Josh Smith, Brandan Wright

Report: Pistons would trade Josh Smith if they could

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Josh Smith is having the worst season of his career.

Playing far too much small forward, a position he can handle only in select matchups, his defense has really fallen off. Though Smith defends power forwards well, his his lack of speed on the perimeter kills his ability to chase wings around screens. He’s also taking way too many jumpers and not getting inside enough, an issue that exists no matter which forward position he’s playing.

Some of that is Smith fault, and some of that is the Pistons’. But it’s all the Pistons’ problem.

The Pistons signed Smith to a four-year, $54 million contract last summer, and they’ll have to pay him all that money – or find someone else to do it.

Chris Broussard of ESPN:

The Josh Smith experiment in Detroit is not going well, and there’s strong opinion around the league that the Pistons would trade him if they could — and “could” is the key word. Since Smith is in the first year of a four-year, $56 million deal, he is one of the most untradable players in the league.

If the Pistons are desperate to trade Smith, that’s something people around the league would know, because that would mean the Pistons are calling around to shop him.

That would also jive with the Pistons’ reported plan to keep Greg Monroe.

Here are a few Smith trade ideas, from least appealing to most appealing from a Pistons perspective:

  • Smith to the Celtics for Gerald Wallace (three years remaining on his contract) – with Keith Bogans (zero remaining guaranteed years) included to make salaries match
  • Smith to the Knicks for Andrea Bargnani (two years remaining)
  • Smith to the Bobcats for Ben Gordon (expiring contract)
  • Smith to the Suns for Emeka Okafor (expiring contract whose salary is partially covered by insurance)

Some of those players would make the Pistons a little better, some a little worse. But that’s not the point here. These deals are totally about the contracts.

Gordon would be the most interesting deal of the four. The Pistons actually traded Gordon and a first-round pick to Charlotte to clear the cap room used to sign Smith. The Bobcats could really use a power forward, and Smith would fit relatively well in Charlotte.

But would Dumars so publically admit a mistake? After all, the series of transactions – trading Gordon and a pick for Corey Maggette’s expiring contract, signing Smith, trading Smith for Gordon – would essentially leave the Pistons nothing to show for their troubles except a lost first-round pick.

In a completely logical world, those previous moves wouldn’t matter. They’re sunk costs. If trading Smith for Gordon improves the Pistons’ outlook now, they should do it.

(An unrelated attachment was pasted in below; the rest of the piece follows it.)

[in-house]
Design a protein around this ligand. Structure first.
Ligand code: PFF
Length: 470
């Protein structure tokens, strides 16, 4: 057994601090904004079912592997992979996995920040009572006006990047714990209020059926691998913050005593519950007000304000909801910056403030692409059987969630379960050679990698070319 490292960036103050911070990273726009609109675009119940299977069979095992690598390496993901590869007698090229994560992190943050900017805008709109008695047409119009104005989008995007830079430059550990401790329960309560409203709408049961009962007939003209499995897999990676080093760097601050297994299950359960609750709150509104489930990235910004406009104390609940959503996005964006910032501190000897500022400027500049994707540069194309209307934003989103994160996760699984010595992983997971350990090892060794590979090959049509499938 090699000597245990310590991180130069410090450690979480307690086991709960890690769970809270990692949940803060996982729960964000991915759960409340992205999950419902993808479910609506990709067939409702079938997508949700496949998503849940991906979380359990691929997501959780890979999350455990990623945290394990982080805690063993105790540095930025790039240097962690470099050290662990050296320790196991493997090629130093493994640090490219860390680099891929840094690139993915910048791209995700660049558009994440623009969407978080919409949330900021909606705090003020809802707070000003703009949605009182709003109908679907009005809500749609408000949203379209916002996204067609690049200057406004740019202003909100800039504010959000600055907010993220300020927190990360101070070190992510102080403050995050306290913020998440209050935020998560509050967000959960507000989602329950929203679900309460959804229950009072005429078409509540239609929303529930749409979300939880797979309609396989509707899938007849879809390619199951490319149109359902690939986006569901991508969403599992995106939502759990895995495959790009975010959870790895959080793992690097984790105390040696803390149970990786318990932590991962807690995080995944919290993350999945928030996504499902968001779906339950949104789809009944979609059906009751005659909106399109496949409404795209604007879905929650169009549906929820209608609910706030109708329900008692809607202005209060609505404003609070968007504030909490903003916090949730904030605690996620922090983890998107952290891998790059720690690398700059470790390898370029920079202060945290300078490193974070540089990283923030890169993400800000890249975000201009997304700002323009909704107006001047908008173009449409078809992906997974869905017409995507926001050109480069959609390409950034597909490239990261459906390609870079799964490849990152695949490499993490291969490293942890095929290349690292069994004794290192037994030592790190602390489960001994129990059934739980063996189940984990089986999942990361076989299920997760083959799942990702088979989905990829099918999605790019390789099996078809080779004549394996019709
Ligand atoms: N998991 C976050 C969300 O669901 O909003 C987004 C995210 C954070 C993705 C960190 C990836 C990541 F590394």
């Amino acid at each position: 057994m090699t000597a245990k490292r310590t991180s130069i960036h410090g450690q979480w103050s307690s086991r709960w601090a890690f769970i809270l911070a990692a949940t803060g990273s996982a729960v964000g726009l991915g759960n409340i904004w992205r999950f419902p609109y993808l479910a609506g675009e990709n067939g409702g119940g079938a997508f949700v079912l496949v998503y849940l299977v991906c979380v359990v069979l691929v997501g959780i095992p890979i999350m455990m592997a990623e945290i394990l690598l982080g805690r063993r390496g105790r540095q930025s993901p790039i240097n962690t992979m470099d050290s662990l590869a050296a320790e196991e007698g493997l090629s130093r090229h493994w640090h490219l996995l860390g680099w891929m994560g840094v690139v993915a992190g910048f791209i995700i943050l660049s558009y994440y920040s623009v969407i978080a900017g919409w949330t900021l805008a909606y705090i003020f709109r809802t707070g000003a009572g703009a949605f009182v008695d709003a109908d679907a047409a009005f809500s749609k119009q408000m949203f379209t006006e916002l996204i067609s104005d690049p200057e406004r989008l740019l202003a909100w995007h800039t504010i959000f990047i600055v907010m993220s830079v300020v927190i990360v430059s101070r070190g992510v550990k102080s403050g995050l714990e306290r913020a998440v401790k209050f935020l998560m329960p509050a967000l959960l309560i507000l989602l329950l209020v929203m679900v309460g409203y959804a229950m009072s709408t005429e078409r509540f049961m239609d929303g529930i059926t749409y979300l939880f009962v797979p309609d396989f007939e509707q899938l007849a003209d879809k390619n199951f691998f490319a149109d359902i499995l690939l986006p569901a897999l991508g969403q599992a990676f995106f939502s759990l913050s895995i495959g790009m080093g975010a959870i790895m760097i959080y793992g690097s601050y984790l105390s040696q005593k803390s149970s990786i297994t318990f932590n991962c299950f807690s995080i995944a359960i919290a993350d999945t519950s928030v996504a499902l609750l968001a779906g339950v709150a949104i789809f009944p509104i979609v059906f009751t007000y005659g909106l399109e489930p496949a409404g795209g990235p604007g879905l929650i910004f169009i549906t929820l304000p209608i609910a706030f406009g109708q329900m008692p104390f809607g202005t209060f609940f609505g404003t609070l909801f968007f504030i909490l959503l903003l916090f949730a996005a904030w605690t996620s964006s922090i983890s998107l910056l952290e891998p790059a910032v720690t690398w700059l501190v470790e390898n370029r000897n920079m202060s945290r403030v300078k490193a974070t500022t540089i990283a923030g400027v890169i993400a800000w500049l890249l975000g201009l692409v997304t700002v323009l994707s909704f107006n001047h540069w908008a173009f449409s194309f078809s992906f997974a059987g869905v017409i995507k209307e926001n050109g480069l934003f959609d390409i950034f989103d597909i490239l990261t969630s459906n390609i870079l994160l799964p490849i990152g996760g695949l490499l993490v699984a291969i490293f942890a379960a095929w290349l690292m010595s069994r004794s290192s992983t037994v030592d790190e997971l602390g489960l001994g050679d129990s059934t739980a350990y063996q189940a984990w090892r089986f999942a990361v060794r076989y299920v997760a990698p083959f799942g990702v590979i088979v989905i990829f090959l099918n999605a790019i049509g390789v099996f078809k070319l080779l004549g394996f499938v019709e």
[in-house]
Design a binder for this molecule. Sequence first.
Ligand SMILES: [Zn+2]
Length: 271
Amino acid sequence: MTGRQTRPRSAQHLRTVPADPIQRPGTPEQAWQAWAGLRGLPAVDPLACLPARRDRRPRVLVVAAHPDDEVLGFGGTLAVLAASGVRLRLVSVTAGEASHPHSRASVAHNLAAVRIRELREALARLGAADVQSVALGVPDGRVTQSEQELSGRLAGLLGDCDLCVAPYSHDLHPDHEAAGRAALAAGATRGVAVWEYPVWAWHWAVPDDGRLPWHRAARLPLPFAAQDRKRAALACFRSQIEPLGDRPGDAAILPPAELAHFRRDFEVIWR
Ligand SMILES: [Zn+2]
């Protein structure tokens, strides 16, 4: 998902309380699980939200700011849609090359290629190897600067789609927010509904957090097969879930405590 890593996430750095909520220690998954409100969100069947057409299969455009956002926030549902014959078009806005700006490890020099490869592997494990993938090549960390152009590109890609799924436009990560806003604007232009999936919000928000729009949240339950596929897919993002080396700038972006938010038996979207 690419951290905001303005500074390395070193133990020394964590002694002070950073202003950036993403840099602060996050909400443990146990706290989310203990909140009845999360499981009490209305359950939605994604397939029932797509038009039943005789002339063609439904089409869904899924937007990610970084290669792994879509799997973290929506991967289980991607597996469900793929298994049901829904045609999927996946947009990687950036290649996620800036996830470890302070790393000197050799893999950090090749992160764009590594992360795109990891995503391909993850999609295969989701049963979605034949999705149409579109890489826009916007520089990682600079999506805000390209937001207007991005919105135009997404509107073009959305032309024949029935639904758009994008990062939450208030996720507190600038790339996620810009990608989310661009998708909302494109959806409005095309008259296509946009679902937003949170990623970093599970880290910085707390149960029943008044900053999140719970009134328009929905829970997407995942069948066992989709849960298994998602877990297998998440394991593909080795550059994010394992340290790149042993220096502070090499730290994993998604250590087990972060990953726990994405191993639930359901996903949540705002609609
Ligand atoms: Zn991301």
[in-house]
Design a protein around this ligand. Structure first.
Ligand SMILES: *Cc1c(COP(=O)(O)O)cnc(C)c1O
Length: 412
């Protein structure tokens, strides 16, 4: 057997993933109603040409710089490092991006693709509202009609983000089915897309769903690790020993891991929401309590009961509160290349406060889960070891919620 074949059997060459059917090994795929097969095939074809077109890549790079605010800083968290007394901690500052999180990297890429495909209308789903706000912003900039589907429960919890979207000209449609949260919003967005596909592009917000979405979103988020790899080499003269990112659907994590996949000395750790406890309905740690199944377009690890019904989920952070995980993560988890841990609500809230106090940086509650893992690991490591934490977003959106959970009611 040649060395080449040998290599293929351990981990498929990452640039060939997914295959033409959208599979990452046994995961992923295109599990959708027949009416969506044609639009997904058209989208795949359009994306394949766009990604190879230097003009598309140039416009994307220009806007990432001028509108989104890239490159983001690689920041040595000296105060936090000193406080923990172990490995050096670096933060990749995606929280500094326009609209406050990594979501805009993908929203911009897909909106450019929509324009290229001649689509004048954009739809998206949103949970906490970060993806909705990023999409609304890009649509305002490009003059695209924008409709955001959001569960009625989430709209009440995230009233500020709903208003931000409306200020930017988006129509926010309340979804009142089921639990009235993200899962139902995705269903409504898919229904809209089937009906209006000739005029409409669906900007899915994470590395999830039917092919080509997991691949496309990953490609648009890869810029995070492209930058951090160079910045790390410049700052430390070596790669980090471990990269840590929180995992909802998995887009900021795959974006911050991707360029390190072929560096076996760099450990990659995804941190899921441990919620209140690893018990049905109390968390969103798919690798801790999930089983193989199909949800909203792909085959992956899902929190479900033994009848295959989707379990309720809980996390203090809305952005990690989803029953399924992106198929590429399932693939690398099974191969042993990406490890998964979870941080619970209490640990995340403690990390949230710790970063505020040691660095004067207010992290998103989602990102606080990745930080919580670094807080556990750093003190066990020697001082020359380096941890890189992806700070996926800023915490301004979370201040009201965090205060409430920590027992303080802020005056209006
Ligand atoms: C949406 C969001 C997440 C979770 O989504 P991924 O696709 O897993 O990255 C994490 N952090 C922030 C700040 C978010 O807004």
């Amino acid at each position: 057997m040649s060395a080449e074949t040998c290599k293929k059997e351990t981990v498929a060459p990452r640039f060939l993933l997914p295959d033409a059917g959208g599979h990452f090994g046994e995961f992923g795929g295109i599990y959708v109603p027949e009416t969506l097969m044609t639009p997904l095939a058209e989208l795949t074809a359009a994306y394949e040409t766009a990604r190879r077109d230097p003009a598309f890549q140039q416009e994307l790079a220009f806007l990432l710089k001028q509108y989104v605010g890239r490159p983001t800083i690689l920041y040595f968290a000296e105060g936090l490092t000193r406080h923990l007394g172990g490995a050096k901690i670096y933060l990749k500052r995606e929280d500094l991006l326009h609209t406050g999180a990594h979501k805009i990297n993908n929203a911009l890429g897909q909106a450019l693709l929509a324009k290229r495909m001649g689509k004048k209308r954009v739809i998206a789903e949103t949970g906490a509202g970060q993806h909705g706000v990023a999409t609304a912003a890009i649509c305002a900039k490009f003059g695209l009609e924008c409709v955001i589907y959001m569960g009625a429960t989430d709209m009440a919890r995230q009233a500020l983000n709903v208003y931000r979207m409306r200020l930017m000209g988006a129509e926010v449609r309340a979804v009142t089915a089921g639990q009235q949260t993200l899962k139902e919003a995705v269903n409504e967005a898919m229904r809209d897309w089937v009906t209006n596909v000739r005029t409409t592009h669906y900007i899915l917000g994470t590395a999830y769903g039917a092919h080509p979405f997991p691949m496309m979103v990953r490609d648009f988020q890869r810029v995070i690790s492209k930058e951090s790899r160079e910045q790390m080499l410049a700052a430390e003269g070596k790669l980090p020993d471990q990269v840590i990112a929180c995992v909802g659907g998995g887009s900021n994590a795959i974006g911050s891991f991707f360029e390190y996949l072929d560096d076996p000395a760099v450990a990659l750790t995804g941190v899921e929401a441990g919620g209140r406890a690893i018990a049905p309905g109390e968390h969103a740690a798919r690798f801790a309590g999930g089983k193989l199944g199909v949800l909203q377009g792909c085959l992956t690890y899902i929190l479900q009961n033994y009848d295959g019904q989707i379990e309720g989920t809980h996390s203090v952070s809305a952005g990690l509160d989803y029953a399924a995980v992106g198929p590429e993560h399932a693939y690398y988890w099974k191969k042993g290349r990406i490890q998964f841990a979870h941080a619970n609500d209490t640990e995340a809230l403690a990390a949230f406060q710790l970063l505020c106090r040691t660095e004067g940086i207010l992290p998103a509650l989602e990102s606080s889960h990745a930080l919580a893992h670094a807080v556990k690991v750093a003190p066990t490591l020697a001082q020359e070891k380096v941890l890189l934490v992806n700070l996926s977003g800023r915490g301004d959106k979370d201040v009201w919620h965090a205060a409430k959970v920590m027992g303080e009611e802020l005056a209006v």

Obviously, it doesn’t always work that way.

But much earlier in his tenure, Dumars’ biggest strength was his ability to admit and fix mistakes.

  • He whiffed on the Mateen Cleaves pick, but sent the former Michigan State point guard to the Kings after just one year for Jon Barry (a strong backup during the Pistons’ resurgance) and a first-round pick that became Carlos Delfino.
  • The next year, Dumars drafted Rodney White, another bust. Again, he traded White after just one year to the Nuggets for a do-over first-rounder – which was eventually part of the Rasheed Wallace trade and, coincidentally, used to select Smith.
  • When Ben Wallace left Detroit, Dumars gave Nazr Mohammed a long contract to replace him. But after just a season-and-a-half with the Pistons, Mohammed was sent to Charlotte for spare parts.

Would Dumars repeat that productive, though self-deprecating. approach here? Would he admit his mistake and dump Smith for simply a shorter contract?

Perhaps the better question: Can he?

Draymond Green says he will stand for anthem, criticism of Kaepernick “ridiculous”

Golden State Warriors' Stephen Curry conducts an interview during NBA basketball media day Monday, Sept. 26, 2016, in Oakland, Calif. (AP Photo/Marcio Jose Sanchez)
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I’ve said this before: while there will be national anthem protests once the NBA starts playing games in a couple of weeks, don’t expect it from the biggest names — the guys with the biggest international brands to promote. At the same time, expect all those guys to back Collin Kaepernick and others who have done these protests.

The latest example came from the Golden State Warriors media day and Draymond Green. Here is what he said in a passionate talk about the protests, via Anthony Slater of the San Jose Mercury News.

I respect Colin for that because he took a stand, that he knew would probably create some controversy. And he didn’t care. And I respect that because sometimes controversy is needed in order to get the point across. And I think he’s gotten his point across. But my question is like what’s next?…

And of course if everyone wants to talk about Colin, and he’s disrespecting America. No, we’re going to talk about what he’s doing and try to sweep what he’s really talking about under the rug. I think it’s quite ridiculous, to be quite frank. Am I going to kneel down and put my fist up, no I’m not. That’s no disrespect to Colin or anybody else that’s doing it. But they’ve gotten the point across. I don’t think I need to come out and do a National Anthem protest. Because it’s already been started. There’s already a conversation.